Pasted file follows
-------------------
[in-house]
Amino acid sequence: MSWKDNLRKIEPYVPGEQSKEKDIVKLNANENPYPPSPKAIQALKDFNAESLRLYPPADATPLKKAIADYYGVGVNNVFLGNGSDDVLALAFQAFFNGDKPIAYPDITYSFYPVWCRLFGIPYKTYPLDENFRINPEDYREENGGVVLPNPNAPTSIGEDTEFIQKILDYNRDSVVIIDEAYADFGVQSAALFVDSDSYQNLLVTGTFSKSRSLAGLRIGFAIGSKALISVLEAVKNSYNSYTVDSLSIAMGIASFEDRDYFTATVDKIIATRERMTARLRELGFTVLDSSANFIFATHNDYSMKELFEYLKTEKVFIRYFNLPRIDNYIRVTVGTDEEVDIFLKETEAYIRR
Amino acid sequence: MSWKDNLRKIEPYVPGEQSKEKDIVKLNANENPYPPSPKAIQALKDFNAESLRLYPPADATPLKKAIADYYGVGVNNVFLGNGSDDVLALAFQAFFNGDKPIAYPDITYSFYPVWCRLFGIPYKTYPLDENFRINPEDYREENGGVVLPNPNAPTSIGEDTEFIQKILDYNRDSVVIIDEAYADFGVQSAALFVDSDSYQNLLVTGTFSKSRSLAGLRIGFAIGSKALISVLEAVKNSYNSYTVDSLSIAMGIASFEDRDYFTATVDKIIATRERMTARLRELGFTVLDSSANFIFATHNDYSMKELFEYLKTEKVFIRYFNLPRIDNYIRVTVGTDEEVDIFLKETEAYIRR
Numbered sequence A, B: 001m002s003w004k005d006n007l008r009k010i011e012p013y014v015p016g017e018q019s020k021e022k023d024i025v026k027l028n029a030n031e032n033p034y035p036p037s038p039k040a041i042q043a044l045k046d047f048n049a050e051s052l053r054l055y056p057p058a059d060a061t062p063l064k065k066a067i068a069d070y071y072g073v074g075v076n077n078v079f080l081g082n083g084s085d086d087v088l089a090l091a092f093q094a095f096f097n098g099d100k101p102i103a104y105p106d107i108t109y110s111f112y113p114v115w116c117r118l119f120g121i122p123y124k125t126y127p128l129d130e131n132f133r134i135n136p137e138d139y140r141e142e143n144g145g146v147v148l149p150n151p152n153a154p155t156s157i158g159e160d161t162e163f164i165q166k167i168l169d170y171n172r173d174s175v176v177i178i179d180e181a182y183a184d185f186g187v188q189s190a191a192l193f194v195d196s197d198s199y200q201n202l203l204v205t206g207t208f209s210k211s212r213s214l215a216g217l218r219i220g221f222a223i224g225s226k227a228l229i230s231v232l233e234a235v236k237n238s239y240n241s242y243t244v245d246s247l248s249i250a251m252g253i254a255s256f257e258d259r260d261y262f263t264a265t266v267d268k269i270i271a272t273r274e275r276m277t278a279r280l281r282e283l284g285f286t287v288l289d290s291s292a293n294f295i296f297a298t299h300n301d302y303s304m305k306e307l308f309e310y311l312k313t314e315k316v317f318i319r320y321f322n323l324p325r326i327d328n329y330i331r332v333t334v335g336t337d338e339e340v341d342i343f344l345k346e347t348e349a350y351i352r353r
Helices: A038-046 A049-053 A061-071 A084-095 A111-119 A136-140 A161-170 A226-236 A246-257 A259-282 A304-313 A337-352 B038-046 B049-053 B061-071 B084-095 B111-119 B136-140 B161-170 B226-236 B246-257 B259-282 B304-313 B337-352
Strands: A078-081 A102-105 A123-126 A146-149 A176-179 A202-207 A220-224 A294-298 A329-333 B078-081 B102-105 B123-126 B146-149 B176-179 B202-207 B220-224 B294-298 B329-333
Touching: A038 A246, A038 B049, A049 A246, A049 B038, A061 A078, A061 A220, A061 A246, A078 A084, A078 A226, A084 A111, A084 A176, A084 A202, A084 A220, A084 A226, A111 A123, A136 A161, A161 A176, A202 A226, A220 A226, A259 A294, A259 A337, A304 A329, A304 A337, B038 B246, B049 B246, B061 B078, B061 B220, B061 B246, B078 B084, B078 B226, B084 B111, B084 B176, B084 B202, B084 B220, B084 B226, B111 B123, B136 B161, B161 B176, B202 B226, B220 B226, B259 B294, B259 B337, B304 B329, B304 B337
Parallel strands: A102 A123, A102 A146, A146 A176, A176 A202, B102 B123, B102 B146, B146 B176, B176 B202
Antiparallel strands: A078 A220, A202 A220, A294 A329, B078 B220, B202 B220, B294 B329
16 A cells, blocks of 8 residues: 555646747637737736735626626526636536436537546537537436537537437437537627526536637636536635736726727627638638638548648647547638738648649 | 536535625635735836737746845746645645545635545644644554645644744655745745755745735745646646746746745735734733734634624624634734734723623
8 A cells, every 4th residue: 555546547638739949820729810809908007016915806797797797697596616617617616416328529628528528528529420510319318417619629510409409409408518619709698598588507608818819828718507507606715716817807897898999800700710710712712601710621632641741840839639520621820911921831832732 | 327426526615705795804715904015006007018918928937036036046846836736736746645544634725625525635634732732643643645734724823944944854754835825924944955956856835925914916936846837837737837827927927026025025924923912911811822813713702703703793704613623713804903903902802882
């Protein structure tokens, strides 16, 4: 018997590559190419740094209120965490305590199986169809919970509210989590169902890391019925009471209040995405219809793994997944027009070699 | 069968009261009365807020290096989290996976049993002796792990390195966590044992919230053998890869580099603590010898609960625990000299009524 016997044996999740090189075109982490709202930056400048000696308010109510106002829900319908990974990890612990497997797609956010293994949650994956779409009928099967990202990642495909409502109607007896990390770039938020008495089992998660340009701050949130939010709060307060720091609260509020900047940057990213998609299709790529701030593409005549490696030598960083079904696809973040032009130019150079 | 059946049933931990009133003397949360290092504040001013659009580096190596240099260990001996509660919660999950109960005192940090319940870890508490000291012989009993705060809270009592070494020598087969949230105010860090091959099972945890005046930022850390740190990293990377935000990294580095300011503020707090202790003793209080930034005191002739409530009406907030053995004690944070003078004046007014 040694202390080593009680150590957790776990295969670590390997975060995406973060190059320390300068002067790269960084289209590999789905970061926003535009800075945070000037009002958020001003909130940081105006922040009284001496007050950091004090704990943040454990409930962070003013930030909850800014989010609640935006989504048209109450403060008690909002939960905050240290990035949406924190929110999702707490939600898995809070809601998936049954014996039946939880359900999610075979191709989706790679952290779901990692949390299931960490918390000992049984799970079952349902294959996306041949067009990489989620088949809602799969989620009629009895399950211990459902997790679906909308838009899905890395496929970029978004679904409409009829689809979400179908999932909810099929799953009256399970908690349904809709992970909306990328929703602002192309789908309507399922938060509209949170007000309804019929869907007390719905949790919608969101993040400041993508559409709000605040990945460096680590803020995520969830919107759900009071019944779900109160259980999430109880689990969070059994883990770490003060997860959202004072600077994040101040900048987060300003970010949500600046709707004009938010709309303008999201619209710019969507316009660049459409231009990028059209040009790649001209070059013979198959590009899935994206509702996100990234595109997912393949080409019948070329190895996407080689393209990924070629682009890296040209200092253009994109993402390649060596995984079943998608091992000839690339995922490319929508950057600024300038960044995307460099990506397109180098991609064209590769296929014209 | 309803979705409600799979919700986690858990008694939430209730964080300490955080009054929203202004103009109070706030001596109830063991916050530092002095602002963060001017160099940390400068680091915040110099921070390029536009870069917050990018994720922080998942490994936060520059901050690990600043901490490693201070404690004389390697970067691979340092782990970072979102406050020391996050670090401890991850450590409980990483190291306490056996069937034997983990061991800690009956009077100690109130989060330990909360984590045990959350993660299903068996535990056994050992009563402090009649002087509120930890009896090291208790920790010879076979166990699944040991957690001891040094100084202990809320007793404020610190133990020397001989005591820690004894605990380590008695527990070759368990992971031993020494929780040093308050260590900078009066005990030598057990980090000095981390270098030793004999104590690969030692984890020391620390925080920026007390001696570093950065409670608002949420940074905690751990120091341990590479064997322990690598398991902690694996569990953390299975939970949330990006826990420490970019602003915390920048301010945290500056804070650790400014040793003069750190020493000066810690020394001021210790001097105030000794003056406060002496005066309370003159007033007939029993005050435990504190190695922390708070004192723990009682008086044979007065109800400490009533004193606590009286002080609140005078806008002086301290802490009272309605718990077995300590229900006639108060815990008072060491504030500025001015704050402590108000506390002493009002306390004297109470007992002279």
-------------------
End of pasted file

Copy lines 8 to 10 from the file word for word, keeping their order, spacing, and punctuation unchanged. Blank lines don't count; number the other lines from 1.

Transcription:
Parallel strands: A102 A123, A102 A146, A146 A176, A176 A202, B102 B123, B102 B146, B146 B176, B176 B202
Antiparallel strands: A078 A220, A202 A220, A294 A329, B078 B220, B202 B220, B294 B329
16 A cells, blocks of 8 residues: 555646747637737736735626626526636536436537546537537436537537437437537627526536637636536635736726727627638638638548648647547638738648649 | 536535625635735836737746845746645645545635545644644554645644744655745745755745735745646646746746745735734733734634624624634734734723623